‘Both still communicate with quite outmoded means - paper, telephone and fax. Sure, there are islands of electronic communication, but there is no structure, and above all electronic communication is not secure. Unfortunately, the IT worlds of hospitals and of medical practices are incompatible,’ he pointed out. ‘They are different worlds and even use different languages. In the medical practice sector, when we talk about a diagnosis we are talking about the ICD-10 definition. In a hospital the term diagnosis can mean something different. For us non-hospital based doctors there are certain additions to the category diagnosis which don’t exist for hospital physicians for example exclusion or status after. When I transfer a diagnosis to a hospital, status after can turn into exclusion - but the exclusion of let’s say breast cancer is something quite different than status after breast cancer.
That means up to now the two sectors have never communicated with each other in a structured fashion - because they didn’t have to. The new legal situation in Germany, namely integrated care and the opening of hospitals for specialised services in the out-patient sector, or the fact that hospitals are bound to the referring physician, means that this language problem must be solved. Hospitals are forced to watch their balance sheets and therefore try to cooperate closer with the physician in the medical practice. So, suddenly it became clear that a communication tool is needed. Therefore an attempt was made to get the providers of hospital information systems (HIS) and those who provide systems for doctor’s offices to work together on one integrated system. In the beginning we had to admit that all we could do was send a pdf file. There was no structure, no automatic allocation of patients and no method to use the documents intelligently.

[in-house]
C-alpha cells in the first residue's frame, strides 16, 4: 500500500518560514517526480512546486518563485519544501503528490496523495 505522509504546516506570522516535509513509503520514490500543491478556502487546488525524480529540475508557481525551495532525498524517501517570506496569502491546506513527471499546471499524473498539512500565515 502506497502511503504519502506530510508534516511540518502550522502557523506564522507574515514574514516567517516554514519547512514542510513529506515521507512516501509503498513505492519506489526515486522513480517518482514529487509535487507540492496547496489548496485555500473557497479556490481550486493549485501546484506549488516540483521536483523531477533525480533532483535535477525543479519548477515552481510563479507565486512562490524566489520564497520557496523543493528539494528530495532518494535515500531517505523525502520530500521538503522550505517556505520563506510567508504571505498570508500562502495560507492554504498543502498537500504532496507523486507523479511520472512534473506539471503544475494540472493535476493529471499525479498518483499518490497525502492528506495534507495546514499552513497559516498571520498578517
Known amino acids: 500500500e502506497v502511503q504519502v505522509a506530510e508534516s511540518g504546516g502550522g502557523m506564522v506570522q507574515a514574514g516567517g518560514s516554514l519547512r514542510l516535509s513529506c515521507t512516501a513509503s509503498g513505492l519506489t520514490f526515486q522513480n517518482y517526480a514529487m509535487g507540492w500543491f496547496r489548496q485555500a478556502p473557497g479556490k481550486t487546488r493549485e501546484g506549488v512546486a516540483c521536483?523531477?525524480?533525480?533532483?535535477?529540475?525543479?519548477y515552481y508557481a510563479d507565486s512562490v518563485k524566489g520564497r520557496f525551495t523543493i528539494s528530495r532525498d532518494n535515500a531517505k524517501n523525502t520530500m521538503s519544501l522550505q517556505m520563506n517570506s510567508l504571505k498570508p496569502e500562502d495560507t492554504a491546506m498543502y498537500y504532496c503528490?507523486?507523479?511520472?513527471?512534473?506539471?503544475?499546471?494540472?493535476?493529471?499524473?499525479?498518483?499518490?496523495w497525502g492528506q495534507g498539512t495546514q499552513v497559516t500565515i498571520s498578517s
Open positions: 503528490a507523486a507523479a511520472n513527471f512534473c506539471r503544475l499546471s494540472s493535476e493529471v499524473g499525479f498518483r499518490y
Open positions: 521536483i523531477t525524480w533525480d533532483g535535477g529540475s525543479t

A high-resolution pdf file is too large, and you can’t really work with it. Due to the already mentioned opening, and the increasingly commercial orientation of hospitals, customers demand a technological solution from IT providers. The HIS providers now offer portals that can be accessed by physicians in medical practices. That’s a beginning. However, in reality this system cannot be implemented in most doctor’s offices because the physician cannot transfer data from the portal into his system and vice versa. Therefore we designed a structured so-called physician’s letter, which can move from A to B and back.